Pedagogy 4.2 (2004) 263-287
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A First-Semester First-Year Course
There is then creative reading as well as creative writing. When the mind is braced by labor and invention, the page of whatever book we read becomes luminous with manifold allusion.
Recently Robert J. Scholes (2002: 166) wrote in this journal that in our teaching of first-year college students "the natural reciprocal of writing—which, of course, is reading—ha[s] somehow disappeared, apparently subsumed under the topic of literature." He goes on to say that "this division of the English project" is the way most college English departments today think of their enterprise. This unfortunate split in our pedagogy has become so widespread that many people have sought strategies to counter it. For example, the Modern Language Association recently accepted a proposal to develop a volume on "Integrating Literature and Writing Instruction in First-Year English."1 Scholes would like to replace "the word literature with the word reading" as the proper reciprocal of writing and would prefer to see students read more argumentative texts, including literary criticism (166, 169-70). I have no doubt that large-minded Emerson would have included nonliterary texts in his definition of a book that is read creatively. However, I would like to argue, mainly by example, for a beginning course focused intensely on the creative reading of literature as we usually understand the word. Although it is only [End Page 263] one sort of course among many that combine reading and writing for first-year students, I believe it can achieve some of the objectives Scholes outlines in his article.
There is a well-established tradition in college teaching, extending back at least fifty years, of asking first-year students to treat their reading of literature and their writing about it as two aspects of the same thing. It began at Amherst and Harvard in the 1950s under the guiding spirit of Reuben A. Brower and later spread to other liberal arts institutions. The Amherst course has undergone several permutations but continues to this day with most of its original features intact: staff collaboration on the syllabus and shared exercises, weekly meetings to discuss classes and exercises, frequent writing assignments insisting on specificity, and a constant emphasis on close reading, which Scholes (2002: 165) and others regard as the skill most lacking in entering students.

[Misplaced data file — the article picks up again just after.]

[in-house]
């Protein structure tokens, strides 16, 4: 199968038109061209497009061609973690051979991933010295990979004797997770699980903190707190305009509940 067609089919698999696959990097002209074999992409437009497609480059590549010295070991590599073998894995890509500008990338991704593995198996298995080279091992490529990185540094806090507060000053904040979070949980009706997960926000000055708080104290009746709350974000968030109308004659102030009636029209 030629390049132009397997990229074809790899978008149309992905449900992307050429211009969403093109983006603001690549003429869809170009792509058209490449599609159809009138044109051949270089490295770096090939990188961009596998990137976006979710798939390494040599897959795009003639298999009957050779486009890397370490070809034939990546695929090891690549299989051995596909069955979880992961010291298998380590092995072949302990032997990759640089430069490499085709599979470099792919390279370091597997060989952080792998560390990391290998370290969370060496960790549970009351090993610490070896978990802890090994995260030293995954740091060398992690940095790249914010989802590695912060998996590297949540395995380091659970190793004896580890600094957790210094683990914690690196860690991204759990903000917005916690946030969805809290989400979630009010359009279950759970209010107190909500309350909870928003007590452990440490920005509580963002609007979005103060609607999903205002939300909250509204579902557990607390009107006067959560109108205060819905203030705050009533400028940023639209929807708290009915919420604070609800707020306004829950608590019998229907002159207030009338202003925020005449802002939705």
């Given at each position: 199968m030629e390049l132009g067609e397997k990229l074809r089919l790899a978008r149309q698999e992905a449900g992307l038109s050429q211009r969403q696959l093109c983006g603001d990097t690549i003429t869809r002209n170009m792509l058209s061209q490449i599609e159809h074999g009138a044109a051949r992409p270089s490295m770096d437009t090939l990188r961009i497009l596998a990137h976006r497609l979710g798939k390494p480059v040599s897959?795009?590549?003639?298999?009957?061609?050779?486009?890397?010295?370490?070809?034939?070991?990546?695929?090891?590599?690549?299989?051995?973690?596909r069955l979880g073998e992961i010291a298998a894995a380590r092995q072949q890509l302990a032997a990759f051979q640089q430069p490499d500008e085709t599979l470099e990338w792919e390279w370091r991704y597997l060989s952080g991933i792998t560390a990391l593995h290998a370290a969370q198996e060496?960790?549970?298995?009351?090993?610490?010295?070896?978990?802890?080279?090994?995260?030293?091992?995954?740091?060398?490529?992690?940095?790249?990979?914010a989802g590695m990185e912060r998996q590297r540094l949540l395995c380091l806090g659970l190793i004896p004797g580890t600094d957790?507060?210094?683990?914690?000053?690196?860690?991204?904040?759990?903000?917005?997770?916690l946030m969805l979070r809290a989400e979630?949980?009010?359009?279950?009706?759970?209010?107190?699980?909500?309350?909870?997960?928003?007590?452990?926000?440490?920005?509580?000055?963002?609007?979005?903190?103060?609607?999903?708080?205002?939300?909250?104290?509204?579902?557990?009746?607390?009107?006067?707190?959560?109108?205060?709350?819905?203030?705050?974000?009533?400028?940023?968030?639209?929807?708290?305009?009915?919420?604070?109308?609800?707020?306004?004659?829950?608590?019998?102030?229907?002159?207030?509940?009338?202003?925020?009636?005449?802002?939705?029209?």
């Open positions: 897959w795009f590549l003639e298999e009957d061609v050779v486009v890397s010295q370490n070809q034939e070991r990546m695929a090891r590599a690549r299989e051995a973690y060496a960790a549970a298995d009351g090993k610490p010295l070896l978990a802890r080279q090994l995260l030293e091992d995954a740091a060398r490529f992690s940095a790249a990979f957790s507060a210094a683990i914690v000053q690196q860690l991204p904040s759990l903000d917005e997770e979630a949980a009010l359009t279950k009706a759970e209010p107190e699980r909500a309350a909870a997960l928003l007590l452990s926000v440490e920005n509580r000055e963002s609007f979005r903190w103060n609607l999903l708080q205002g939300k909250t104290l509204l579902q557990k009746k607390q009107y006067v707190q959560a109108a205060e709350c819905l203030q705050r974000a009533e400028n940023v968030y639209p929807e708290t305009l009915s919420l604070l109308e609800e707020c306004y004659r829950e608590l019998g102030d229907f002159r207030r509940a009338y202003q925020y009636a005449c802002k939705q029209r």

In this essay I want to describe our present version of this course. It not only avoids the pedagogical split that all too often becomes institutionalized as Comp 101 and Lit 101, but also has its own intrinsic merits. Because it requires, and explicitly focuses on, students' active engagement with the texts they read and the texts they write, it is less indexed to their high school preparation than a literature survey needs to be, and I would argue that courses like it should be taught more frequently. Like my students in their own writing, I can support my claims only by detailed illustration. So I will describe the principles and design of the course and then the specific conduct of my own section in the fall of 2002. I will also try to state clearly the values that underlie our choices of texts and the questions we ask about them.
First I need to explain more fully what the course is not, and how, in taking an aesthetic approach to high literary texts, it addresses what I consider to be Scholes's most important objectives. It is not a first-year requirement, though it can be counted toward our English major. It is not conceived as part of a "writing across the curriculum" initiative, although such an initiative is currently under discussion at Amherst. The students write weekly, but it is not a course in composition or argument or "the essay." Unlike first-year literature courses at some other institutions, it is not an introductory survey. We go from short poems to longer works of drama and fiction with no thematic thread and with no...